Hi, I’m Katie! I’ve decided to write this blog to share my story and journey. I will update this blog as regularly as possible with any issues I have faced from both a mental health point of view and a physical health point of view. There will be some highs but also there will be some lows, but that’s life ay?
I also want to communicate the message to other people in the same or similar boat, that none of us are alone. There’s thousands of people with invisible illnesses (which my illness is) who suffer in silence most of the time, and I want to try and change that.
Okay so, here’s my story. (It’s probably going to be quite a long post- I apologise in advance!)
I was born with a condition called Exomphalos Major, 21 years ago in the month of June. My mum found out about my Exomphalos at her 16 weeks scan. (Things were a bit different then, now it could be found out at the 12 week scan). For those who don’t know what Exomphalos is – basically it means that the majority of my digestive organs (Stomach, bowel, liver, intestines etc.) was formed on the outside of my body instead of inside. I was born naturally and was under Lewisham Hospital (now known as University Hospital Lewisham) at the time. I had 7 operations to put everything back to where it should be, or at least roughly where it should be, over 6 months. (My dad says I was born on the hottest day of the year and come out of hospital on the coldest day of the year :))
The majority of the time over the 6 months, I had Clingfilm-like material over my organs that were on the outside of my body, to keep them protected, and start pulling them into my body.
I spent a lot time in intensive care and had so many lines and tubes. I also had a bulldog clip and a biro pen (yes you heard that right!- didn’t have a lot of the great technology they have now) on top of the Clingfilm that was covering my organs. The doctors used this to very slowly push the organs back into my body.
How? Well they turned the pen a little each day, which ever so slightly tightened the Clingfilm.
I was fed via TPN for some time (a very special feed that goes into my vein) as I could not consume anything.
I was still quite small, even though they say I had a healthy baby weight.
Mum and Dad lived in Maidstone at the time, and so travelling from Maidstone to Lewisham in London was a challenge. However they did not care about that, and always made sure they were there.
Also, just a little story to share with you, in intensive care, I had a breathing tube down to breathe for me, but me being me managed to move it once so that it was in the wrong place (not a dangerous place luckily). Some how, I had disconnected myself from it and started breathing on my own without the need for a machine. I did that myself. You just can’t get the staff these days. Haha!
I started to get stronger by the day. This meant I could be home for Christmas, and it was quite a happy time for the family. My mum and dad had to persuade the hospital a little bit to let me come home for Christmas, as obviously, 6 months on I was still small and delicate.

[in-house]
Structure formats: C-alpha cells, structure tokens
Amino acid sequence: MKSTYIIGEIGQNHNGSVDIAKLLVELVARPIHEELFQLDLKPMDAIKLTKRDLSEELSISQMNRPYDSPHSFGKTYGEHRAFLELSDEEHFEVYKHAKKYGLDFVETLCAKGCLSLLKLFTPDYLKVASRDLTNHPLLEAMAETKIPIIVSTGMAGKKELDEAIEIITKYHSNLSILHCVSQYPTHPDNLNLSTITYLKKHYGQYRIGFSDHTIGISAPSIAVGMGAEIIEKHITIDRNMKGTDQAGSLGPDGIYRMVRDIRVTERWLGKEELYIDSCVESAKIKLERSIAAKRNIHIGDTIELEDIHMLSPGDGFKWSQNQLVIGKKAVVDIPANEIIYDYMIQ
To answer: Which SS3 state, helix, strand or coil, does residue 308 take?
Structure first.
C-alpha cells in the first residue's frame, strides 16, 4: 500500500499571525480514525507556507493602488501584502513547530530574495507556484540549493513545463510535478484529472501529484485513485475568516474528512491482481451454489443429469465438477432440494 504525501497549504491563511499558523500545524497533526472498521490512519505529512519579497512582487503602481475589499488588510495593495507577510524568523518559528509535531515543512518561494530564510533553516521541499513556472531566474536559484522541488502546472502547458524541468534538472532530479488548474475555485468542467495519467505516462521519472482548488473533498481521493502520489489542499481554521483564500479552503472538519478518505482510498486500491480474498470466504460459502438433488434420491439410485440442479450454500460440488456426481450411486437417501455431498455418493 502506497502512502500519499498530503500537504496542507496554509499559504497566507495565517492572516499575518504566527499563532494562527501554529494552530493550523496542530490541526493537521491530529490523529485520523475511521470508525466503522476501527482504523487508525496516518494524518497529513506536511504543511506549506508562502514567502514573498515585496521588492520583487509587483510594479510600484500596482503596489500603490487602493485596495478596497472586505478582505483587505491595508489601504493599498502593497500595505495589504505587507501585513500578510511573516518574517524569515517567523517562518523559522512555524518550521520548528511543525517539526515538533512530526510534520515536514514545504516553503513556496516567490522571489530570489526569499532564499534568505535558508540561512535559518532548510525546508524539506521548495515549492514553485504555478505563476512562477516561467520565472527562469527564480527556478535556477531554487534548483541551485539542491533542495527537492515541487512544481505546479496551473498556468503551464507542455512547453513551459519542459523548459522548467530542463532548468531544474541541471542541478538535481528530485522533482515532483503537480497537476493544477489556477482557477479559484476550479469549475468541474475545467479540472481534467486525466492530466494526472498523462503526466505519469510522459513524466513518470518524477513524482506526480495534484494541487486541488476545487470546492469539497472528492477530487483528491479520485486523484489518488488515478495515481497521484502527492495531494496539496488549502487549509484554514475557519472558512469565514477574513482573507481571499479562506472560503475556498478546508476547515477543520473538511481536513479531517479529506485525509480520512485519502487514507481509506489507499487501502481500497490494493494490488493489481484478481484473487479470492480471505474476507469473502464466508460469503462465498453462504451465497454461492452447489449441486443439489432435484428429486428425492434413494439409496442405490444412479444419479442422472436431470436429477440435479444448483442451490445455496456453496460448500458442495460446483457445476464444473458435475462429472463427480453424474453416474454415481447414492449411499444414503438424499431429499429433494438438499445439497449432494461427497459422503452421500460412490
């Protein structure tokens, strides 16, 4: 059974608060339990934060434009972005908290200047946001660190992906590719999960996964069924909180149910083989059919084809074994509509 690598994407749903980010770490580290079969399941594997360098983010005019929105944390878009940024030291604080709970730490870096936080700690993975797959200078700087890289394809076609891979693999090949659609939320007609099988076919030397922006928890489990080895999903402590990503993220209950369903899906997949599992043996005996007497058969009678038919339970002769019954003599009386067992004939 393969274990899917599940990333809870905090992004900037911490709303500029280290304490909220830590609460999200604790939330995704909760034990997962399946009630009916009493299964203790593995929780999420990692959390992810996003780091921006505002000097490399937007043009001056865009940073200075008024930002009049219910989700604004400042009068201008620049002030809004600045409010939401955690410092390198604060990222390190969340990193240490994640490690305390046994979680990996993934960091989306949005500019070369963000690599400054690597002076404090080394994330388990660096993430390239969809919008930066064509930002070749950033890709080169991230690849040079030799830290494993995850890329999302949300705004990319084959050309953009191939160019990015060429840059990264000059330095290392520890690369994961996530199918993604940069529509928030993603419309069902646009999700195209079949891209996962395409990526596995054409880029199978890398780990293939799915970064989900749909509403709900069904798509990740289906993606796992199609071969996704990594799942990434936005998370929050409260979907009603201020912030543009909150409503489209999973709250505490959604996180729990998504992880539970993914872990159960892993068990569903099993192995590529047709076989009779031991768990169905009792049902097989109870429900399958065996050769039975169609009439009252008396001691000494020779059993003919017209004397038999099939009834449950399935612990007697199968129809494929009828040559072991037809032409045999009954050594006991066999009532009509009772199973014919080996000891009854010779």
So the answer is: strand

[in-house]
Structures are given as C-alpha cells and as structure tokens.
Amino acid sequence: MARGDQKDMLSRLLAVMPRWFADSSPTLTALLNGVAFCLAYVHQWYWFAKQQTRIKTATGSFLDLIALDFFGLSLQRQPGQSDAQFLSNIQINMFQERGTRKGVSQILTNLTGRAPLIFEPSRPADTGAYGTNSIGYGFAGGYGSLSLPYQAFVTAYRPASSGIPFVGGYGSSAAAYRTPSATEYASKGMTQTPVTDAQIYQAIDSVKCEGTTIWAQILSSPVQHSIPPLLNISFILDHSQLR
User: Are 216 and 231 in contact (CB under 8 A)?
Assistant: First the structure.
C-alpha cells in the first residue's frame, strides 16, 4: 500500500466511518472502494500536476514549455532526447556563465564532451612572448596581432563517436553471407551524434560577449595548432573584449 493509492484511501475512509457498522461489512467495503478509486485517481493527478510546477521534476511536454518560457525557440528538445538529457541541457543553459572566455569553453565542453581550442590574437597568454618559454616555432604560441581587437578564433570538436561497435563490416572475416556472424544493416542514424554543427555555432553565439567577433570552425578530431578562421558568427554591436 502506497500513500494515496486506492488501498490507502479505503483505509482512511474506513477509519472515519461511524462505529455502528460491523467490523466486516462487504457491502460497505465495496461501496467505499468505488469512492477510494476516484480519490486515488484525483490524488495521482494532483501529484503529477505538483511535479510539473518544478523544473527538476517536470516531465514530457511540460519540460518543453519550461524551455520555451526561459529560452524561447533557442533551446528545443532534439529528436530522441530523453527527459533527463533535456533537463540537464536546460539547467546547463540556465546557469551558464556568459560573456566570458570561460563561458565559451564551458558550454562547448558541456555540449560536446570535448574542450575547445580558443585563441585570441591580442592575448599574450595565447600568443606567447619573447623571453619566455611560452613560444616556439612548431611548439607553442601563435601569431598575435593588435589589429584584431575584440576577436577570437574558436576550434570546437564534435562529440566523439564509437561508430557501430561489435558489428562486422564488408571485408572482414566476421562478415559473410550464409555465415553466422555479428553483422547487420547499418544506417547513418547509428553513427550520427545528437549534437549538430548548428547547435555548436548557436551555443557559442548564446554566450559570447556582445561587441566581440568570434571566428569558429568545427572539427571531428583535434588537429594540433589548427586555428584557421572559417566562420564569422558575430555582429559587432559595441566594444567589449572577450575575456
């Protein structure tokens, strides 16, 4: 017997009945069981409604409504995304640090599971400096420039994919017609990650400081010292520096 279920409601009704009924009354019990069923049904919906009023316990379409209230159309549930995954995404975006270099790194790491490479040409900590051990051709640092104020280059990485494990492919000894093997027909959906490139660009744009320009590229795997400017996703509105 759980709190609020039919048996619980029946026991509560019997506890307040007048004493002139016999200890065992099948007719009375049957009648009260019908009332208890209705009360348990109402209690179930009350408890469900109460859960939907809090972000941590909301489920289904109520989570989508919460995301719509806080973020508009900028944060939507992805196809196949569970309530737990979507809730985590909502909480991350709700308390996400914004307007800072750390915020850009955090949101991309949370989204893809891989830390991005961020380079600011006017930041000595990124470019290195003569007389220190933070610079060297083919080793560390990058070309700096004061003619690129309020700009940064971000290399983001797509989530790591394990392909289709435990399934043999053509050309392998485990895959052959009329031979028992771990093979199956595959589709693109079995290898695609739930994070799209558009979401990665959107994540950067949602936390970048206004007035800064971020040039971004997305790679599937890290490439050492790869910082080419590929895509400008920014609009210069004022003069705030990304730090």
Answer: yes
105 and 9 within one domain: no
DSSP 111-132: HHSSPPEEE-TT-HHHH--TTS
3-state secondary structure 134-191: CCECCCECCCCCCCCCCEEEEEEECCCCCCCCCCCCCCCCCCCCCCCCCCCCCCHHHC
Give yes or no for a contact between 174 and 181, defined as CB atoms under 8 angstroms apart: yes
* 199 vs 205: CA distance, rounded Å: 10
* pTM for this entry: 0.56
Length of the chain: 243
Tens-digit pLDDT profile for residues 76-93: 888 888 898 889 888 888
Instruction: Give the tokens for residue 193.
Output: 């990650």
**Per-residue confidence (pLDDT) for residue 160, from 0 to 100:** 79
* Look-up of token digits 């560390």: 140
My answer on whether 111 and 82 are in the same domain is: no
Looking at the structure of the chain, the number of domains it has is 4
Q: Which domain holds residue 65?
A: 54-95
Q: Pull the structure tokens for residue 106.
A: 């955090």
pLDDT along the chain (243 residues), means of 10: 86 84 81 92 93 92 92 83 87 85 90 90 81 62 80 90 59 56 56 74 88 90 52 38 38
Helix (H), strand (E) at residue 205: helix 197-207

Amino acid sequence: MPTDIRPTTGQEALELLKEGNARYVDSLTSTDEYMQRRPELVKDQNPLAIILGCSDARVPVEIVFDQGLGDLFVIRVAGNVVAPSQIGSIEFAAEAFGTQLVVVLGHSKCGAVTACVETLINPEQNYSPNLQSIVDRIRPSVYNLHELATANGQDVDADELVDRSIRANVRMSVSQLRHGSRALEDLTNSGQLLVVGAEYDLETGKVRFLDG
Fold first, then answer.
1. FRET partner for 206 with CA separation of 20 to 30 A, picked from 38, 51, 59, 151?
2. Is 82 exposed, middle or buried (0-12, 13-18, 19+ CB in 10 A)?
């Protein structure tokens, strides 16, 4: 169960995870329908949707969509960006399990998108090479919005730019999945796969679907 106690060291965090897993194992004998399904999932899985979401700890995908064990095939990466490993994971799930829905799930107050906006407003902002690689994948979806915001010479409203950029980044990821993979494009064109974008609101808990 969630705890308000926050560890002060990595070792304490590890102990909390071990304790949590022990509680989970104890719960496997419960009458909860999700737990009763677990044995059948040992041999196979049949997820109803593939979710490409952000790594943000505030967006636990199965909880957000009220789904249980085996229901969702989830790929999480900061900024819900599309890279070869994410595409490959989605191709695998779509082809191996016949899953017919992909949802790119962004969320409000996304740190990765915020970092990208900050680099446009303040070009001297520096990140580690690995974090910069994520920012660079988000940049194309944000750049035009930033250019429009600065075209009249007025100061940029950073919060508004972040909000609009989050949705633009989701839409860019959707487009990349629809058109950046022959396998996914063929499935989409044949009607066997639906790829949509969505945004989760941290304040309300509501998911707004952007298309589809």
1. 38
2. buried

Luckily they allowed it, and I came home. I had to have a community nurse from our local hospital come round every so often to make sure I was having the right feed, and to change my dressing on my stomach.
Things were looking much more on the upside at this time, as the previous six months, I was on blood transfusions, tubes to breath, feeding tubes to help me gain weight etc. And now I was at home, just having my dressing changed every so often, and being monitored all the time.
I had very regular hospital visits for check-ups and things at our local hospital at the time as well.
Mum and Dad knew this would be a regular thing through out my life. And I think its because of this, that when I go to hospital, it seems a bit normal and I’m not really scared or anything as I’m used to the hospital environment.
I would say, even though I had a lot going on, I was quite a happy and strong baby. Every time someone wanted to take a picture of me I would look up at the camera and smile instantly. Don’t know why, I think I just loved having my picture taken haha.
Anyway, so things were quite okay from then on for a while. I was gaining weight very slowly but surely. And after 3 years, in the year 2000 we moved to our new home in Medway.
Since then, I’ve had numerous hospital visits both as an inpatient and outpatient. I’ve had many complications resulting in more operations, procedures etc. I’ll probably go through them over the course of this blog. There’s a lot to say and I’d rather spread it out over a few blogs rather than mention it all in one.
Don’t worry though – its not all going to be gloomy medical stuff – there’s a lot of lighthearted content I want to share with you too! My life practically evolves around humour – it’s been the one thing that’s helped keep me going!
Also, I love a good quote, so at the end of every blog post, I will share an interesting or humorous quote with you all. Hopefully it will brighten your day, just a bit at least.
Life is either a daring adventure or nothing at all. — Helen Keller